I did today, the first time I've skipped Open House in over 20 years. Didn't fancy self-guided nor virtual tours, as I enjoy the interaction with other visitors at each location, sometimes bumping into the same or other familiar faces!

Instead I too had my first proper trip south of the River since lockdown began, and only my second proper 'day out' since March, to the 'Aerojumble' Fair at Kenley Airfield. Mostly for the sheer joy of going a long way, and before the next lockdown condemns us to a misery of winter.
Great to read another post about buses, DG.

I loved catching RTs from Waterloo, riding the 199 out to Farnborough (Kent) George & Dragon (though never on a Sunday of course!) and taking my sandwiches with me - no canteen usage for the likes of us passengers! Glory days.
Seems a bit odd to send you over to Waterloo just to tell you about the electric buses, and presumably not see any operating as it was the weekend.

dg writes: Best not presume.

From what I can make out, the bus "garage" seems to be just an open area, not a building at all, so doubly tenuous for Open House.
How embarrassing! Can't believe I got the Routemaster dates wrong and can't work out why 1960 stuck in my mind. The only thing I can think of is that 1960 is when they started mass-producing them. They certainly had a long gestation before appearing regularly on significant numbers of routes and were produced until 1968.

Still, pleased to be corrected.
Note to self: all a 12 mile round trip on foot gets you is a dozen bus comments.
20 years of TfL is quite a milestone. Considering how things were organised at various points in the past, it's easy to forget how lucky we are.
Palestra has never had 10,000 staff inside. Perhaps 3-4000 max with numbers steadily increasing with "smart working" rolling out over the last few years. Not all the floors are regular desk space either which limits the numbers.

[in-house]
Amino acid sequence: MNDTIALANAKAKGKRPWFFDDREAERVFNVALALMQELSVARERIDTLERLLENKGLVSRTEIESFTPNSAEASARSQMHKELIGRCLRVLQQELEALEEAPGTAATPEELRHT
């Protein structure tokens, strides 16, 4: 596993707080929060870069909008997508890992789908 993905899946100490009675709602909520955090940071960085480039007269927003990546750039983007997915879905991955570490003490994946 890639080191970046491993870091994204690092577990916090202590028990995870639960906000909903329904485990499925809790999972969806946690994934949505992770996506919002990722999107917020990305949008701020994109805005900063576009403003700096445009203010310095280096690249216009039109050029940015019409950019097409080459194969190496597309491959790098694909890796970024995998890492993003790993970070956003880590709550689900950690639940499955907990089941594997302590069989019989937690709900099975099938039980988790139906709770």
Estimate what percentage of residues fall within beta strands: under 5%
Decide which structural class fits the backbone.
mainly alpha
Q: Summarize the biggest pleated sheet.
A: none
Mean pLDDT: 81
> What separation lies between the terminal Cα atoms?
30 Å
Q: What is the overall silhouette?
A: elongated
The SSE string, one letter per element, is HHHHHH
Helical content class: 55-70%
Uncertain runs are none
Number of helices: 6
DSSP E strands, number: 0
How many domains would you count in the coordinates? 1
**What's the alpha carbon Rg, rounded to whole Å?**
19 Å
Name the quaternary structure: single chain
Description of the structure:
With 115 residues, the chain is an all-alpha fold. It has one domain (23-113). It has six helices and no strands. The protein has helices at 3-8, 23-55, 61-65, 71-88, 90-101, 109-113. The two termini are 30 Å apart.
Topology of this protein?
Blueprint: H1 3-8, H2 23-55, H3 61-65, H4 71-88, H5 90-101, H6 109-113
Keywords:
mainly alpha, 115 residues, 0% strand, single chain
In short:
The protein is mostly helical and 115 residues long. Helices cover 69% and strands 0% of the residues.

Sorry, I used the numbers I was told.

I've rewritten that sentence to be considerably more vague, thanks.
I've always had a soft spot for the 3D art work mounted on the wall in the reception at Palestra. Those M&M shaped polished discs in various colours were hand made by an artist who learnt the technique from a master in India. The latter initially refused to teach the female English artist because it was unheard of to teach a woman, but she eventually impressed him enough to earn his tutelage for several years.
Production Routemasters first entered service in 1959; a few on existing routes during the summer, and then in bulk for trolleybus replacement on 11 November.

I rode on the first one along the East India Dock and Commercial Roads (and many years later on the last Routemaster along the same roads on route 15).

Countless are the references which tell us that the film 'Summer Holiday' features Cliff Richard and his pals driving a Routemaster to Greece, when in fact the film used RTs.

I well remember the 1959 trolleybus replacement programme. I grew up in Stepney and was a bus-spotter. Before the changeover, Aberfeldy Street trolleybus depot housed the trolleybuses beside the Routemasters. Aldgate depot was the centre of the changeover, and I was at primary school a few hundred yards away (Sir John Cass). In later years Aldgate also saw the introduction of RMCs and RCLs on the Green Line routes into Essex.

I used to regularly cycle out from Stepney to 'spot' the RM types fresh off the production line in the yard of Park Royal works next to the canal. Bus spotting, via Red Rover and Green Rover tickets, and bicycle, took me all over London and the Home Counties. Very happy days of childhood.

I'm an ex-E1 Wer (Matilda House). Now live in Scottish Borders.
I also did this walk on Saturday and it sounds much like my experience, including non-chatty people at Embankment. I mentioned I'd gone wrong looking for the bus garage when I was asked at the end how it went. The TfL staff member, whilst clearly surprised people could get lost, did say I was far from the only one.